ITFC is located at Ruhija (01°02’37” S and 18” E) on the edge of Bwindi at 2346 meters above sea level. The station’s facilities include office space, library, internet, meeting rooms, a students’ dormitory and 5 houses to accommodate staff and visitors.
The climate in Bwindi is equatorial with two rainfall peaks from March to May and September to November. Heavy mists often form in early mornings and after rainfall. The highest temperatures occur at the lowest altitudes and visa-versa and annual rainfall tends to vary between one and two meters.
Bwindi lies on the edge of the Albertine Rift, a valley which stretches from the northern tip of Lake Albert to the southern tip of Lake Tanganyika. This region is the most species rich region of comparable size in Africa for vertebrates and contains many endemic and threatened species. It is therefore a high priority area for conservation.
Bwindi is one of the few forests in East Africa where lowland and montane vegetation communities meet. It is believed to have served as a Pleistocene refugium, maintaining forest during the last ice age when most of the rest of the continent lacked forest cover and thus acted as a reservoir for forest dependent species that were lost elsewhere.
Bwindi is also a major catchment area, serving surrounding agricultural lands and the source of many rivers. These include the Ivi, Munyaga, Ishasha and Ntengyere, which drain into Lake Edward. The Ndego, Kanyamwabo and Shongi Rivers flow southwards towards Lake Mutanda.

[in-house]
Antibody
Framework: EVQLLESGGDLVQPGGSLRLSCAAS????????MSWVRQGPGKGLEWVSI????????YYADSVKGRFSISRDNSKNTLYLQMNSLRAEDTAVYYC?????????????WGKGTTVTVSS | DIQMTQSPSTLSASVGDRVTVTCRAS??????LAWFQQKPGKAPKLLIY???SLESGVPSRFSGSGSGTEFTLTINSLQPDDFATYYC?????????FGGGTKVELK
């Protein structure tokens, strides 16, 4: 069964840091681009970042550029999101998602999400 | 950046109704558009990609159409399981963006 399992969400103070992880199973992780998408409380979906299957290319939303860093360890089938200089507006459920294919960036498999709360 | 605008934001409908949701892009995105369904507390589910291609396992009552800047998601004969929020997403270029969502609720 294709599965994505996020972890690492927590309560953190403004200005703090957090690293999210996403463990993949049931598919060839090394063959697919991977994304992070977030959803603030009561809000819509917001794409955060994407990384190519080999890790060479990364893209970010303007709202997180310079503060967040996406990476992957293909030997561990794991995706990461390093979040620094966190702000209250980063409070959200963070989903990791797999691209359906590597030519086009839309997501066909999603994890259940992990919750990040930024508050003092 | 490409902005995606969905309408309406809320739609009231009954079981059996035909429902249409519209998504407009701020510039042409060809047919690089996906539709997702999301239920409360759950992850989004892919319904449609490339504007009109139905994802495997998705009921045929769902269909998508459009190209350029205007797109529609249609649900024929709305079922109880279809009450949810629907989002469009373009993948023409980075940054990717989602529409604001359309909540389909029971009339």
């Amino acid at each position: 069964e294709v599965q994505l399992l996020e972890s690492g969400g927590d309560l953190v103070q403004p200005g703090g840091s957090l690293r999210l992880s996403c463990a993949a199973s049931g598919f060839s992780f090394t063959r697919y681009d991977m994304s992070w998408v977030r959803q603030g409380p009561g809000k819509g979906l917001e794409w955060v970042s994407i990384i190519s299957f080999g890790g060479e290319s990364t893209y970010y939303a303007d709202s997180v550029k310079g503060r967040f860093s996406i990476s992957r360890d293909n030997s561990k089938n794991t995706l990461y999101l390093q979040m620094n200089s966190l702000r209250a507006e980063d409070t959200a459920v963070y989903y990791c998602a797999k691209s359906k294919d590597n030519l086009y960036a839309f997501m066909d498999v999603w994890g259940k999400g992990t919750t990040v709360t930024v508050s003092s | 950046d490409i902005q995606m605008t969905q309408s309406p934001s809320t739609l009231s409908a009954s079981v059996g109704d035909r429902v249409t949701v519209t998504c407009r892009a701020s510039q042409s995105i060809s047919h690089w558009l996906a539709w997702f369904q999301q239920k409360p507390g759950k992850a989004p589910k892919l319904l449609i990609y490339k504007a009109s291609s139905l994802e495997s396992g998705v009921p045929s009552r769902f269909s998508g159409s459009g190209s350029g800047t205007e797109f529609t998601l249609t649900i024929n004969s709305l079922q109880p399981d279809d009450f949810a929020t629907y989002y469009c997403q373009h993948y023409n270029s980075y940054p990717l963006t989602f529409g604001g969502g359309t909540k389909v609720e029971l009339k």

A wide variety of vegetation forest types occur in Bwindi, broadly classified as medium altitude, moist evergreen and high altitude forest. The high altitude “Afromontane” forest is a highly restricted vegetation type on the African continent. The forest gets the name 'impenetrable' from the dense growth of herbs, vines and shrubs.
Bwindi’s forests have been given various names: Undifferentiated Moist Montane Forest (Langdale-Brown, 1960), Moist Montane Forest (Leggat and Osmaston, 1961), Tropical Low Montane Evergreen Rain Forest (Leggat and Osmaston, 1961), Parinari Forest (below 1500 m) and Prunus Africana Moist Montane Forest (above 1500m), Langdale-Brown et al. (1964), Mixed Forest with Chrysophyllum (Lind and Morisson, 1974) and Moist Lower Montane Forest (Hamilton, 1982).
Approximately 40% of the park is occupied by mixed forest that occurs at all altitudes and is characterised by a canopy with various species that often include the Red stinkwood (Prunus Africana), Newtonia (Newtonia buchananii), Symphonia globulifera, East African yellow wood (Podocarpus spp), and Strombosia scheffleri. The understorey commonly includes Xymalos monospora, Neoboutonia macrocalyx, Myrianthus holstii, Teclea nobilis and Allophylus abyssinicus.